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Who is Heo Hwang-ok? Get to know Korea’s legendary queen with Indian roots

October this year will mark the inauguration of a memorial park in Ayodhya dedicated to Heo Hwang-ok – a revered Indian princess who features prominently in South Korean legends. Believed to have travelled by boat from an Indian kingdom – she’s credited for starting the Karak dynasty. Here’s what you should know about her.

In 2001, a monument commemorating the life of a Korean queen – and Indian princess – was inaugurated on the banks of the Sarayu river in Ayodhya. A few years later in 2018, South Korea and India signed an agreement to upgrade and expand the said structure. In line with this, the then First Lady Kim Jung-sook laid the foundation stone for the project on a visit. Today, a memorial park is set to open on October 23 in the presence of a delegation from the East Asian country. Built at a cost of Rs 21 crore, it will trace the life of princess Suriratna of Ayodhya who married Korea’s king Kim Suro in 48 AD and adopted the name Heo Hwang-ok.

Indian princess Hwang-ok features in a 13th century Korean chronicle

Legend – as stated in the 13th century Korean chronicle Samguk Yusa by monk Il-yeon – has it that a 16-year-old princess arrived in Korea on a boat from the distant land of Ayuta – phonetically similar to Ayodhya, hence the connection – her native kingdom. Post this, she married Kim Suro, the king of Geumgwan Gaya – modern day Gimhae city in Gyeongsang – and started the Karak dynasty – a lineage over six million Koreans from the Gimhae Kim, Heo, and Lee clans lay claim to today. Many have made the visit to Ayodhya to pay their respects.

Other reports add that she was the daughter of king Padmasen and queen Indumati of Kausala – a region that extended from the present-day Uttar Pradesh all the way to Odisha. The king had dreamt of his daughter marrying Suro and sent her along with an entourage on a boat to fulfil the prophecy. “Ayodhya has important relations with Korea,” South Korean Ambassador to India Shin Bong-kil was quoted saying in a report by Deccan Herald. “In archeological findings from the king’s tomb, artefacts belonging to Ayodhya have been found,” he added.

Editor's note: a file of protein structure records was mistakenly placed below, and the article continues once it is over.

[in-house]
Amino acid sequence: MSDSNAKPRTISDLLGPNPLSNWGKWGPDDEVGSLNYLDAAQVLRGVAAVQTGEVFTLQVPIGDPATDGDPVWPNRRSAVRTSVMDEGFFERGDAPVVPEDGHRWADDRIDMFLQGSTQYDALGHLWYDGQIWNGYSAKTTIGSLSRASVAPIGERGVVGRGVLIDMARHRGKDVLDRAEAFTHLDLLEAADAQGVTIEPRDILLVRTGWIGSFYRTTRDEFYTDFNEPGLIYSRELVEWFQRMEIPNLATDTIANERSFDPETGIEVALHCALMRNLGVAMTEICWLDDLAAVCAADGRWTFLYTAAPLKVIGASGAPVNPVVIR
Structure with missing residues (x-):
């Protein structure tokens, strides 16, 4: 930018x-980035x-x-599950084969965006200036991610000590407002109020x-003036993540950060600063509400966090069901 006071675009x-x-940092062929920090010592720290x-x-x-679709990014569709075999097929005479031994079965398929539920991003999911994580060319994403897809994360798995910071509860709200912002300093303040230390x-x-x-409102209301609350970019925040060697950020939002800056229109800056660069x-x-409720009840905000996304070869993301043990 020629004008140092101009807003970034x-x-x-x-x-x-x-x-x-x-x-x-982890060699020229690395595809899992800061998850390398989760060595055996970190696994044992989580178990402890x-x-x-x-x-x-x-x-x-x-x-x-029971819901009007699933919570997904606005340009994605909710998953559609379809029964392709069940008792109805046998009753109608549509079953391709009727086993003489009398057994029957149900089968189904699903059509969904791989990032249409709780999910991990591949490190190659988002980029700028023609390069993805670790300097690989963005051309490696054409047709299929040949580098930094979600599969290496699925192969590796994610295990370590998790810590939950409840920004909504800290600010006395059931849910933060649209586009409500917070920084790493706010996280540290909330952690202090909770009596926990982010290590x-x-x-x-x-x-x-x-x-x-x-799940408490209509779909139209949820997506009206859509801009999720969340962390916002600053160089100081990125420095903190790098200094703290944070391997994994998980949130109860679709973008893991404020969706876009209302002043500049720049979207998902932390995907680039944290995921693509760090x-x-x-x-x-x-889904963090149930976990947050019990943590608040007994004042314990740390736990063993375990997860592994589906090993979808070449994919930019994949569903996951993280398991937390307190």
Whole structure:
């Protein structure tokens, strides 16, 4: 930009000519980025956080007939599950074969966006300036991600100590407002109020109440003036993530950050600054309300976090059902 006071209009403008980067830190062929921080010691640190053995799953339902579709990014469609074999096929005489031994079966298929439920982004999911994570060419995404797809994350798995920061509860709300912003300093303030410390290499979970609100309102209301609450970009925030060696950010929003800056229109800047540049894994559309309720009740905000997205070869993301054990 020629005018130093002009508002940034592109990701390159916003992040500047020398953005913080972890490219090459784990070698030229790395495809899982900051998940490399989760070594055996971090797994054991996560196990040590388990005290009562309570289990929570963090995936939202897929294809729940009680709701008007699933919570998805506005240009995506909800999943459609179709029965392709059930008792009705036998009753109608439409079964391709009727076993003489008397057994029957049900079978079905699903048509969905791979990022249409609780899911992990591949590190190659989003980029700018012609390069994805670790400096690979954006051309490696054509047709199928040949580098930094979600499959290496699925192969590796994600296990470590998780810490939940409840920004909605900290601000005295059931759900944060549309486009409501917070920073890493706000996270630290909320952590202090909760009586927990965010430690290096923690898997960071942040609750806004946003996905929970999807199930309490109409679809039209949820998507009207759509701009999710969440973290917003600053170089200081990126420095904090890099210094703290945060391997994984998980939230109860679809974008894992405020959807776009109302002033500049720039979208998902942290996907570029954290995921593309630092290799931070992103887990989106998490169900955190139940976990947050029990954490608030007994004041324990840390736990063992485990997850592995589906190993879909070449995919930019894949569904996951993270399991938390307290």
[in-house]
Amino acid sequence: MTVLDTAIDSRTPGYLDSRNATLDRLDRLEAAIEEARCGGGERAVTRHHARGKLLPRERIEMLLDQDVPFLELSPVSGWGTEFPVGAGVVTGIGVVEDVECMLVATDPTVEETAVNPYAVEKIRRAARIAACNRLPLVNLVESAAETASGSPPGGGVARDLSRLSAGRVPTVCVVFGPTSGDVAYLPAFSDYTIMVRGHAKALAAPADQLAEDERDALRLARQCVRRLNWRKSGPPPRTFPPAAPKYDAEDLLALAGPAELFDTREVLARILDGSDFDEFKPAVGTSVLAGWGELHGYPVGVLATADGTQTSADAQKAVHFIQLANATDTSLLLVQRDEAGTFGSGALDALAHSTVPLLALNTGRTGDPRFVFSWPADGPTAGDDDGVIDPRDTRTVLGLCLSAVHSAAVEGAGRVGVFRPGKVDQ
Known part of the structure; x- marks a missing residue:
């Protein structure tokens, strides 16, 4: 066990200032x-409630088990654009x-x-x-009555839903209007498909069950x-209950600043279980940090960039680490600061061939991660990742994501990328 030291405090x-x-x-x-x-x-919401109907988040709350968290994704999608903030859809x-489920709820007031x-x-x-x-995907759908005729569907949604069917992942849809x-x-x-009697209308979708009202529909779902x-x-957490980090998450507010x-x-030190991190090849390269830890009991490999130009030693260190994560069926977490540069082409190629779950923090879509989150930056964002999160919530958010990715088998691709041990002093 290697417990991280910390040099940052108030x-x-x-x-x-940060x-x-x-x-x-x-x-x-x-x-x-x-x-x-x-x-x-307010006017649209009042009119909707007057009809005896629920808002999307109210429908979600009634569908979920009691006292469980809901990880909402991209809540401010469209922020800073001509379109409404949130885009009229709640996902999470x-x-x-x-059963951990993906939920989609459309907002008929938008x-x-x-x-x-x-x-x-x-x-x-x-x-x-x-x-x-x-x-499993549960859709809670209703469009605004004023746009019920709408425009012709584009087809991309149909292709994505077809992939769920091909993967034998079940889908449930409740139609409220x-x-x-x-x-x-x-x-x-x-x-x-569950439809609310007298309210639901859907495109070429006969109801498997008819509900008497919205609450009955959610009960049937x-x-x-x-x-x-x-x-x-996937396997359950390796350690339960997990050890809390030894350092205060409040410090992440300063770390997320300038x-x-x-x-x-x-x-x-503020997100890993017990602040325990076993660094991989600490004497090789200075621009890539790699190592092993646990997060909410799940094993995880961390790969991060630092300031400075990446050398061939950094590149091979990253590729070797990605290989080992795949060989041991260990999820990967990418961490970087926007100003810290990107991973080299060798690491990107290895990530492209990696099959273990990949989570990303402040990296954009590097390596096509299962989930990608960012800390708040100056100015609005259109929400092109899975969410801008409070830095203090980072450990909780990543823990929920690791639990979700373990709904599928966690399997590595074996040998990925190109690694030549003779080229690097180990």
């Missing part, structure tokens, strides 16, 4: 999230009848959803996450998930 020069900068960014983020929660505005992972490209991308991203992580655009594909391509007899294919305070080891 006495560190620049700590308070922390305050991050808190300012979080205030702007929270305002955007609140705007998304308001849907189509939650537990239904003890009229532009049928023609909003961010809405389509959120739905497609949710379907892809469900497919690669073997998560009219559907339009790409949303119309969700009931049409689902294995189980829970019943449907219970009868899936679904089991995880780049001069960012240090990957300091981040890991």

Queen Heo has different origin stories

In line with the above, professor Byung Mo Kim – Emeritus of Hanyang University – an archeologist from Korea visited Ayodhya since he shared a ‘genetic connection’ with the city. His work on the Ayodhya princess’ marriage to the King of Korea’s Kara dynasty received widespread recognition and points to the fact that the twin fish – Uttar Pradesh’s state symbol that appears across ancient buildings – is also the symbol of Geumgwan Kingdom.

Another theory by Dr Kannan Narayan – a retired professor and former Scientific Adviser and Coordinator of Korea Institute of Ocean Science and Technology – notes that based on Chinese legends – the name Heo Hwang-ok points to the South Indian kingdom of Pandya – Pandyas of Madurai – one of three most popular in Tamil culture. “Heo Hrang-ok, when translated from Chinese sounds more like ‘Chempavalam’ or ‘Chemba’ not Suriratna as proposed” – he noted before adding that the fish symbol seen on walls possibly dates back to a time when it was a part of the United Provinces. Interestingly, it was also the national symbol of the Pandya Dynasty. “It’s highly likely that the queen left the port of Athiyuthu from Tamil Nadu and not Ayodhya which might have been modified over time to ‘Ayutha’ in Korean.” he noted. It’s worth mentioning that – at the moment – there’s no concrete proof to these theories.

Queen Heo Hwang-ok Memorial Park is set to be a tourist attraction

The park, Economic Times reports, has been built on the Sarayu river in Ayodhya at a budget of Rs 21 crores. The legend – as discussed above – is inscribed on a stone structure in English and Hangul. The material for the same is a 7,500 kg, 3 m high stone shipped from South Korea. A Queen and King pavilion is in place with a pond and a footbridge to symbolise the royal’s boat journey. A golden egg – which lore adds the princess took with her to Korea – is also a part of the attraction, albeit with a granite rendition. The park will be inaugurated on the occasion of Deepotsav and authorities expect it to be a major tourist attraction.

Hero image: Courtesy India Post, Government of India, GODL-India <https://data.gov.in/sites/default/files/Gazette_Notification_OGDL.pdf>, via Wikimedia Commons; Feature image: Courtesy NamuWiki, CC BY-SA 4.0 <https://creativecommons.org/licenses/by-sa/4.0>, via Wikimedia Commons

Who is Heo Hwang-ok? Get to know Korea’s legendary queen with Indian roots

Eshita is a food, alcohol, travel, and entertainment writer who spends her days thinking of the next big trend to write about. She’s a communication graduate with bylines in Conde Nast Traveller India, GQ India, Deccan Herald, and Girls Buzz. When not at work, you’re likely to find her hunting for a good read or charting out the perfect itinerary for a solo trip across Asia.


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